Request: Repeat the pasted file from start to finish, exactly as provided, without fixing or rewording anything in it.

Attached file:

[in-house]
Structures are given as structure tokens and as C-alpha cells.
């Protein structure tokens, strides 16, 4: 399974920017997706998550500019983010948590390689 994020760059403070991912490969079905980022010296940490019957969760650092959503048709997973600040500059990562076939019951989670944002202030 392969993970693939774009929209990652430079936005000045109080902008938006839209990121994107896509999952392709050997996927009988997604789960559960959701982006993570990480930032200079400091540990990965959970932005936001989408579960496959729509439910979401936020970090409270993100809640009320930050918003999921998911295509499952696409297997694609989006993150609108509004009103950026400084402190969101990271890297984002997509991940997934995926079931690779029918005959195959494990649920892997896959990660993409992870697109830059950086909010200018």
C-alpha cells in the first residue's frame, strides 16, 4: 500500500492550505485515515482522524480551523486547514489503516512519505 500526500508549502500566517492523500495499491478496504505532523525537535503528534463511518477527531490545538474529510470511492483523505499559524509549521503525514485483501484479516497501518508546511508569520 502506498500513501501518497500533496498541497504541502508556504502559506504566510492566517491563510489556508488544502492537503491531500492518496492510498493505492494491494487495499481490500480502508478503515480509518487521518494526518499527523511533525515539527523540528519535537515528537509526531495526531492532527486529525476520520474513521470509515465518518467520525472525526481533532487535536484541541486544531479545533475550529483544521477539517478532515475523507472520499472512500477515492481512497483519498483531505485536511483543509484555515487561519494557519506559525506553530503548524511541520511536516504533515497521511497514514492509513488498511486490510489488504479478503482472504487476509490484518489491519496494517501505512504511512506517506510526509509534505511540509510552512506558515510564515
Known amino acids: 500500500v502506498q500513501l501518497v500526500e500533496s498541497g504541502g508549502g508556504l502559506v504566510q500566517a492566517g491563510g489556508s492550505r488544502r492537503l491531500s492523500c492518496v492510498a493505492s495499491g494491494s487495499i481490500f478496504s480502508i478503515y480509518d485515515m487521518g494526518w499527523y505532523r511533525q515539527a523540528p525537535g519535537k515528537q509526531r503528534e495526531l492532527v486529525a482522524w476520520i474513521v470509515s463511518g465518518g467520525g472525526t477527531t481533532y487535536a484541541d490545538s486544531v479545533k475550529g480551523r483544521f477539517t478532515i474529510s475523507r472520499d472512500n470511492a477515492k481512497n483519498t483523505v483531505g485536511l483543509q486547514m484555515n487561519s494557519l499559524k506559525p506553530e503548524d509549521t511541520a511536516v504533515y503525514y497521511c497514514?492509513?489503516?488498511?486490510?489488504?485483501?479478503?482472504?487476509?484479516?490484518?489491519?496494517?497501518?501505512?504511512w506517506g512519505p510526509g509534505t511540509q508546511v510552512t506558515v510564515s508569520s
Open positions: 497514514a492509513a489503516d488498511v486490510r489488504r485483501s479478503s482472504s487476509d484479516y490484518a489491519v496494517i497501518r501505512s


[in-house]
Structures are given as structure tokens and as C-alpha cells.
């Protein structure tokens, strides 16, 4: 399974920017997706998550500019983010948590390689 994020760059403070991912490969079905980022010296940490019957969760650092959503048709997973600040500059990562076939019951989670944002202030 392969993970693939774009929209990652430079936005000045109080902008938006839209990121994107896509999952392709050997996927009988997604789960559960959701982006993570990480930032200079400091540990990965959970932005936001989408579960496959729509439910979401936020970090409270993100809640009320930050918003999921998911295509499952696409297997694609989006993150609108509004009103950026400084402190969101990271890297984002997509991940997934995926079931690779029918005959195959494990649920892997896959990660993409992870697109830059950086909010200018």
C-alpha cells in the first residue's frame, strides 16, 4: 500500500492550505485515515482522524480551523486547514489503516512519505 500526500508549502500566517492523500495499491478496504505532523525537535503528534463511518477527531490545538474529510470511492483523505499559524509549521503525514485483501484479516497501518508546511508569520 502506498500513501501518497500533496498541497504541502508556504502559506504566510492566517491563510489556508488544502492537503491531500492518496492510498493505492494491494487495499481490500480502508478503515480509518487521518494526518499527523511533525515539527523540528519535537515528537509526531495526531492532527486529525476520520474513521470509515465518518467520525472525526481533532487535536484541541486544531479545533475550529483544521477539517478532515475523507472520499472512500477515492481512497483519498483531505485536511483543509484555515487561519494557519506559525506553530503548524511541520511536516504533515497521511497514514492509513488498511486490510489488504479478503482472504487476509490484518489491519496494517501505512504511512506517506510526509509534505511540509510552512506558515510564515
Known amino acids: 500500500v502506498q500513501l501518497v500526500e500533496s498541497g504541502g508549502g508556504l502559506v504566510q500566517a492566517g491563510g489556508s492550505r488544502r492537503l491531500s492523500c492518496v492510498a493505492s495499491g494491494s487495499i481490500f478496504s480502508i478503515y480509518d485515515m487521518g494526518w499527523y505532523r511533525q515539527a523540528p525537535g519535537k515528537q509526531r503528534e495526531l492532527v486529525a482522524w476520520i474513521v470509515s463511518g465518518g467520525g472525526t477527531t481533532y487535536a484541541d490545538s486544531v479545533k475550529g480551523r483544521f477539517t478532515i474529510s475523507r472520499d472512500n470511492a477515492k481512497n483519498t483523505v483531505g485536511l483543509q486547514m484555515n487561519s494557519l499559524k506559525p506553530e503548524d509549521t511541520a511536516v504533515y503525514y497521511c497514514?492509513?489503516?488498511?486490510?489488504?485483501?479478503?482472504?487476509?484479516?490484518?489491519?496494517?497501518?501505512?504511512w506517506g512519505p510526509g509534505t511540509q508546511v510552512t506558515v510564515s508569520s
Open positions: 497514514a492509513a489503516d488498511v486490510r489488504r485483501s479478503s482472504s487476509d484479516y490484518a489491519v496494517i497501518r501505512s